Family grapples with daughter's mysterious polio-like illness

A polio-like virus impacting hundreds of children across the country is on the rise.

A local family was on the frontlines when the illness started making headlines four years ago.

Laura Carson was just 4 years old when her life changed forever.

“She loved to dance, she loved everything girly,” Laura’s mom, Sara Carson, said.

One day, the happy, active girl suddenly became tired and weak.

“She looked at me and said ‘mom, why are there two of you?’ And so at that point, my heart dropped,” Sara Carson said.

She rushed her daughter Laura to the emergency room where her condition stunned doctors.

“They couldn't look at me and say that my daughter was going to be OK. They couldn't look at me and say, ‘this is what's happening,’” Sara Carson said.

That was 2014, when mysterious cases like Laura's started to rise.

She was diagnosed with a polio-like illness called Acute Flaccid Myelitis (AFM). The effects were staggering.

“It reminded me of a limp rag doll. She had deteriorated overnight,” Sara Carson said. “You felt like your whole world was crumbling, you didn't know. You turn to the doctors, who've never seen it before, and they were amazing doctors. They did anything that they could.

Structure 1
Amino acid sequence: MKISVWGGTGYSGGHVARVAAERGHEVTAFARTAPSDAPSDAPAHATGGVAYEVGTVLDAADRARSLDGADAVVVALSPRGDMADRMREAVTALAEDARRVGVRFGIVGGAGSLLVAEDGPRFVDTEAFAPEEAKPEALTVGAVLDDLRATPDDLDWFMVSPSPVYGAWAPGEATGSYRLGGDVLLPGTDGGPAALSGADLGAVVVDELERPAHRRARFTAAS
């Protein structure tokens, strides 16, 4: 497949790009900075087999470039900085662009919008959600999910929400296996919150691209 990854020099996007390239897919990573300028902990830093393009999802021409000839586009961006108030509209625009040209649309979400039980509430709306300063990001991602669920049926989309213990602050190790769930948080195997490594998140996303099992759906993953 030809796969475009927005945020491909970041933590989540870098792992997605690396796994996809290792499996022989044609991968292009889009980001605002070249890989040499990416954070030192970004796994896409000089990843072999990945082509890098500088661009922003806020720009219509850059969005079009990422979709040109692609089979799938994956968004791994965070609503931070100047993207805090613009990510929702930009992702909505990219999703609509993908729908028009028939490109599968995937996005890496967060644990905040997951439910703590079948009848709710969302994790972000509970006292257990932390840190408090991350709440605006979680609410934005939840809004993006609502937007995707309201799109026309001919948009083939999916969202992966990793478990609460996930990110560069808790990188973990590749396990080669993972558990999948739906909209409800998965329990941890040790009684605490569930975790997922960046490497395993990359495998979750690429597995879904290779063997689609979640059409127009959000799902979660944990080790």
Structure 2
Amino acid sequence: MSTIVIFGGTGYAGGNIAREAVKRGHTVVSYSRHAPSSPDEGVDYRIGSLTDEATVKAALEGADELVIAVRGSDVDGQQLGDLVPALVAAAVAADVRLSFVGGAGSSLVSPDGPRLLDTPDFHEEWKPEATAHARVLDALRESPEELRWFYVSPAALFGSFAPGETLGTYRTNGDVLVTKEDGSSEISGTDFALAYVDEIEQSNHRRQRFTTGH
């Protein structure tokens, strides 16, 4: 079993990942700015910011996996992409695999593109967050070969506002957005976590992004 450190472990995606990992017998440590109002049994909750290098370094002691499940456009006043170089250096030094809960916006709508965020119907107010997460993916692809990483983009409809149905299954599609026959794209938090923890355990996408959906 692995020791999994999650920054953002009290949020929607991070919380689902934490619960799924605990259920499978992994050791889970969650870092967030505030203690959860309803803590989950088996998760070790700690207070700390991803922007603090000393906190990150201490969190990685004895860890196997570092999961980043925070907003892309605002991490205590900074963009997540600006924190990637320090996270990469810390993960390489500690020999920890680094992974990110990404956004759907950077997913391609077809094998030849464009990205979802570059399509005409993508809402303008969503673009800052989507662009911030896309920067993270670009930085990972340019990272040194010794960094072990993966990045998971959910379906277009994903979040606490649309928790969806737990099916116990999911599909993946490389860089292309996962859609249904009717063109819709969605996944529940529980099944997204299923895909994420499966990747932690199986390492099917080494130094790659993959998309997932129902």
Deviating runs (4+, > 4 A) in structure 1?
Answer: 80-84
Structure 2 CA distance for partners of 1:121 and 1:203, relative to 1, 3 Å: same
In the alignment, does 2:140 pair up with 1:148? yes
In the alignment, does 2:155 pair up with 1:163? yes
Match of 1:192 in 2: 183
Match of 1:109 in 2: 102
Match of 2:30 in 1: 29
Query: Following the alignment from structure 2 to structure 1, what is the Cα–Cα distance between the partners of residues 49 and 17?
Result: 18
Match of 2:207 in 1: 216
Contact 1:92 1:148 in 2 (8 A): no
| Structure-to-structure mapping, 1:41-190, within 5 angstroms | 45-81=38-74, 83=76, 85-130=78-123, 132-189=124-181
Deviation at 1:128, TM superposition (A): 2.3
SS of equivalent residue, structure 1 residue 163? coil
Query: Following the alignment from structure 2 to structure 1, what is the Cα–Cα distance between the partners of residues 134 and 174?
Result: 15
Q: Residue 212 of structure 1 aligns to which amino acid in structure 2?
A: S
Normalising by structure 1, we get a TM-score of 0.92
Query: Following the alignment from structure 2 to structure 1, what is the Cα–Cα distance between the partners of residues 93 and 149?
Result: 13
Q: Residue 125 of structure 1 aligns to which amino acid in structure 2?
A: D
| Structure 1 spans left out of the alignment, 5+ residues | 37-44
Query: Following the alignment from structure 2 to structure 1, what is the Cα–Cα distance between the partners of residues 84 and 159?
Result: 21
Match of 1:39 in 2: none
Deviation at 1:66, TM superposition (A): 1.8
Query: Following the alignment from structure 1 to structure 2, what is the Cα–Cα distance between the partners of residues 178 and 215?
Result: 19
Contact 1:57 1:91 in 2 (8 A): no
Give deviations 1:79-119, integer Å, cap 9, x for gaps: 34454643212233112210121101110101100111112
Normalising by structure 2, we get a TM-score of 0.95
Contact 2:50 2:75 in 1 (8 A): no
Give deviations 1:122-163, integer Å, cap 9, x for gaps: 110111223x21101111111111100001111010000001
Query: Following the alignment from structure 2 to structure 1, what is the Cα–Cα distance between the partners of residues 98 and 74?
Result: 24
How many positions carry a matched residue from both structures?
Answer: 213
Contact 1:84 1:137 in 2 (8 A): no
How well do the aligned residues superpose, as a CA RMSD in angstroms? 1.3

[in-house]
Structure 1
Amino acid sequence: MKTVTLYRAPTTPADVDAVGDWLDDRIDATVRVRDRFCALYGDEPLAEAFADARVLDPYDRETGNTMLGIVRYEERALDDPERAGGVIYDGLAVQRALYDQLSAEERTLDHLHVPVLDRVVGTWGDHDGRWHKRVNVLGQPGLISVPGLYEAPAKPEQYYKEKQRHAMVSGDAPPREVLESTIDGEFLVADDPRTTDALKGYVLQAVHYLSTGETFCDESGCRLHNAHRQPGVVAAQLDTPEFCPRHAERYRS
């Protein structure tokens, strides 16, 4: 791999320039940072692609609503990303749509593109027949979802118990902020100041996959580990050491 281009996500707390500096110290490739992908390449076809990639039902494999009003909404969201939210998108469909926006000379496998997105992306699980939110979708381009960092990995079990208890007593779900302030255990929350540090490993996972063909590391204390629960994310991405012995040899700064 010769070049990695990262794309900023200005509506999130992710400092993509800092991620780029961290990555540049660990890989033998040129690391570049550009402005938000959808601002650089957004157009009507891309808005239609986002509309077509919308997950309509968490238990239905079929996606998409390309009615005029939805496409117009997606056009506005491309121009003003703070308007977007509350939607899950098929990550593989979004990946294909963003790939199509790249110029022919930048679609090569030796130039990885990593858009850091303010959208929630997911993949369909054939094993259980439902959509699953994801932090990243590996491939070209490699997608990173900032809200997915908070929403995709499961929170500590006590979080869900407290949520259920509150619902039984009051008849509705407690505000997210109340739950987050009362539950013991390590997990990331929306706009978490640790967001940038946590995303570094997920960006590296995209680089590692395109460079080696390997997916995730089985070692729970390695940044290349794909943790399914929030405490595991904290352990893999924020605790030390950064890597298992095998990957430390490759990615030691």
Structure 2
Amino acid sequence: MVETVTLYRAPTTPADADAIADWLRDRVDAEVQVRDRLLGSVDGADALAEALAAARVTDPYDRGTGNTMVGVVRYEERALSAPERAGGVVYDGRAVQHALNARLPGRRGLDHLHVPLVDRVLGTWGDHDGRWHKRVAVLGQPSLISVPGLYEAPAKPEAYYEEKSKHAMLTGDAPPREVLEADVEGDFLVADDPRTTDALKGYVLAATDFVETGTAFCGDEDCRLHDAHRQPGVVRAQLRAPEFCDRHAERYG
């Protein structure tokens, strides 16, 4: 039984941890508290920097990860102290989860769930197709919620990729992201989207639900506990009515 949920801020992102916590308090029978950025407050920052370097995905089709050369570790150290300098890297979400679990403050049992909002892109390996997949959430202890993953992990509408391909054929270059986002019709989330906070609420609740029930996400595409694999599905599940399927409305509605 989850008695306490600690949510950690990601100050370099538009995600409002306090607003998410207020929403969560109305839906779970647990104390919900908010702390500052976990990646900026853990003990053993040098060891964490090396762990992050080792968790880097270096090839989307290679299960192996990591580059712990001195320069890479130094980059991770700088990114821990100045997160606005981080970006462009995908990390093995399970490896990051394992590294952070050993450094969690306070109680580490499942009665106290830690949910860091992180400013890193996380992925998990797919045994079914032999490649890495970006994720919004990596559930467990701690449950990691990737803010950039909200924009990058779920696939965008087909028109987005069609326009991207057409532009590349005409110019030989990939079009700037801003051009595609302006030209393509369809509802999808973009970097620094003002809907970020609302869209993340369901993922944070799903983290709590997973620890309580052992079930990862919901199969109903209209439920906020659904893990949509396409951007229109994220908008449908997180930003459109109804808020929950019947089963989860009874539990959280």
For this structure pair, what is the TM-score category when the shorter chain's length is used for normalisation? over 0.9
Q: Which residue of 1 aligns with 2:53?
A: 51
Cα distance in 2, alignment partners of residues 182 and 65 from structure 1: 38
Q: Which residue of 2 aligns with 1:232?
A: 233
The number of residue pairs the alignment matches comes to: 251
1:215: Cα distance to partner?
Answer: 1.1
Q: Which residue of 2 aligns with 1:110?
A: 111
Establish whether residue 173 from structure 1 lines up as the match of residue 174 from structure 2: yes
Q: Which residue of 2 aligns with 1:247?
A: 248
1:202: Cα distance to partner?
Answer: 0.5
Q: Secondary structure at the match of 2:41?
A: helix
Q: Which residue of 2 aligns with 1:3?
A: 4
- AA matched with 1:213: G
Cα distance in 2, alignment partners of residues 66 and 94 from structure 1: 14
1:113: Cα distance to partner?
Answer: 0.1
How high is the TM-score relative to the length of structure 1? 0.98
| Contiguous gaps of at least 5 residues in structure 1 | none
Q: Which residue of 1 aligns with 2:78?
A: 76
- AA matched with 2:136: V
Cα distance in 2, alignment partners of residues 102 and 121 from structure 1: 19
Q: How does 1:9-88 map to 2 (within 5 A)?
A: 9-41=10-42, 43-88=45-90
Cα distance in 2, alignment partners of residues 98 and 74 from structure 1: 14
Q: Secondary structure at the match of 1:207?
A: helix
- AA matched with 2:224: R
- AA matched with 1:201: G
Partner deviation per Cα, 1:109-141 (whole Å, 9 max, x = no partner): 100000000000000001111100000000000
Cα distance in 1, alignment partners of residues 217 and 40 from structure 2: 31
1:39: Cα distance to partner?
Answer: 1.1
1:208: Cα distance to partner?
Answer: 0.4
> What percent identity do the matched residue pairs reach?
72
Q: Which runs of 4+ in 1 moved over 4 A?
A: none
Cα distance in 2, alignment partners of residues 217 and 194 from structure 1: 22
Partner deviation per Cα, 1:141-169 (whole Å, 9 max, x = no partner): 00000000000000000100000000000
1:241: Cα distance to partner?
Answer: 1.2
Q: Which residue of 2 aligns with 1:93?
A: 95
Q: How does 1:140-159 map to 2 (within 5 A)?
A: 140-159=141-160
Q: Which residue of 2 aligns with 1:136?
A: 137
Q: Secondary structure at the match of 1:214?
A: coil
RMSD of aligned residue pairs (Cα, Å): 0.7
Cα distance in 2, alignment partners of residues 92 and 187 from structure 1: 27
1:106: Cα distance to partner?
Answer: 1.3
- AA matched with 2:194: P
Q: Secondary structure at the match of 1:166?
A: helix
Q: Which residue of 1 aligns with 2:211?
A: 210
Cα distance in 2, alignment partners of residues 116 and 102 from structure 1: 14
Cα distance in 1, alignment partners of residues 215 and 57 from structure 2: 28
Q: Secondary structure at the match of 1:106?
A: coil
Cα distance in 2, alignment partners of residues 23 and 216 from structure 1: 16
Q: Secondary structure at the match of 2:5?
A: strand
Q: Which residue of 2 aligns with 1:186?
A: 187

Sara said her daughter spent more than 20 days in the hospital and the family was left with more questions than answers.

“That was my prayer, over and over, ‘please don't take her yet,’” Sara Carson said.

Even today, the Centers for Disease Control doesn't know why or how AFM happens, even though hundreds of children have been diagnosed in just the last few years.

And there's now known cure.

But for the Carson family - there's hope.

The girl who once couldn't walk is now thriving as a third-grader. Though she admits, it's not always easy.

“I can't do as much stuff as other kids, but I find some way. It's a lot harder though,” Laura Carson said.

Both Laura and Sara wanted to share their story to inspire other families to keep going.
And for the medical community to keep researching this puzzling disease.

“You can find a way, you just have to think really hard, and work really hard,” Laura said.